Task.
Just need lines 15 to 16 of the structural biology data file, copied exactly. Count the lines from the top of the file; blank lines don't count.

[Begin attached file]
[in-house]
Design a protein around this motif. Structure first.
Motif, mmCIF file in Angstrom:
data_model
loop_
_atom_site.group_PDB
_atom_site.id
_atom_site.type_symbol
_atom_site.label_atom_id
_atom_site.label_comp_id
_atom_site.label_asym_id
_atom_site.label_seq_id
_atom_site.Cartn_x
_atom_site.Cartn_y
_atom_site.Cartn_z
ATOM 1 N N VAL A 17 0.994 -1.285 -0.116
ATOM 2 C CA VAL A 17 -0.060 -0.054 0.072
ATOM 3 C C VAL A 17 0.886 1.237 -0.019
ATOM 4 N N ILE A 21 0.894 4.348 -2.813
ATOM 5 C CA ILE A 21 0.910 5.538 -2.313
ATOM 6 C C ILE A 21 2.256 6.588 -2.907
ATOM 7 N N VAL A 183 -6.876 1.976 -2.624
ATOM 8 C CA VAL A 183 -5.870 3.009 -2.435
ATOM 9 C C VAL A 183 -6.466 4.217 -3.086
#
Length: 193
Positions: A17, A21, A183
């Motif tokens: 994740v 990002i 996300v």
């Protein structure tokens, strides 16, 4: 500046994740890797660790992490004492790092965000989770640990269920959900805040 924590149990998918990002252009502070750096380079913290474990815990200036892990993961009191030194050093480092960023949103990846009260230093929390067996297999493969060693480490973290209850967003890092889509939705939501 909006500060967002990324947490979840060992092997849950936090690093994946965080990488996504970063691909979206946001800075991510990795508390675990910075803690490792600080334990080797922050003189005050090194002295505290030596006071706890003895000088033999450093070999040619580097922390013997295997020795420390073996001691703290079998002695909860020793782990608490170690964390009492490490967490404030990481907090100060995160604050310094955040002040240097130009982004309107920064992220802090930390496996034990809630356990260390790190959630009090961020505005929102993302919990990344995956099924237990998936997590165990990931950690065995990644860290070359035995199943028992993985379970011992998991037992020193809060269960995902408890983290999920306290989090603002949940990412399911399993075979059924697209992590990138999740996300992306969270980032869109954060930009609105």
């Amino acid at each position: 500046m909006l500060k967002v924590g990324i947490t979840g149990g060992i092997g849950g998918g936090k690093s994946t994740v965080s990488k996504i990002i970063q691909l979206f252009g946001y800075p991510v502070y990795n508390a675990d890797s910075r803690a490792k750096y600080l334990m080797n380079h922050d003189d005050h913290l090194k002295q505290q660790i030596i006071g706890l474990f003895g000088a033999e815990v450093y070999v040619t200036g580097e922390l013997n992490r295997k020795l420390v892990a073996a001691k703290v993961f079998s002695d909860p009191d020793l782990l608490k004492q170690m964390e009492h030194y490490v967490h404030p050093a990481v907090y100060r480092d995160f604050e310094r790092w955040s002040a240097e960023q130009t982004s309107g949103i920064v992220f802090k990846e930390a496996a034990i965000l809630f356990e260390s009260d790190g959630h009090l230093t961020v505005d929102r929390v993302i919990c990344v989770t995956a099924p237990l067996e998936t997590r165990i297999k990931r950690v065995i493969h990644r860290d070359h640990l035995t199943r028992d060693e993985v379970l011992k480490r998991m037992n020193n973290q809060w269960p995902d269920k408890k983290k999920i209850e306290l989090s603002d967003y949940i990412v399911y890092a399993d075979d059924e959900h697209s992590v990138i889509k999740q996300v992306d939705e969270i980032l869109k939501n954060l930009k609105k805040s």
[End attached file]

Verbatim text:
_atom_site.Cartn_z
ATOM 1 N N VAL A 17 0.994 -1.285 -0.116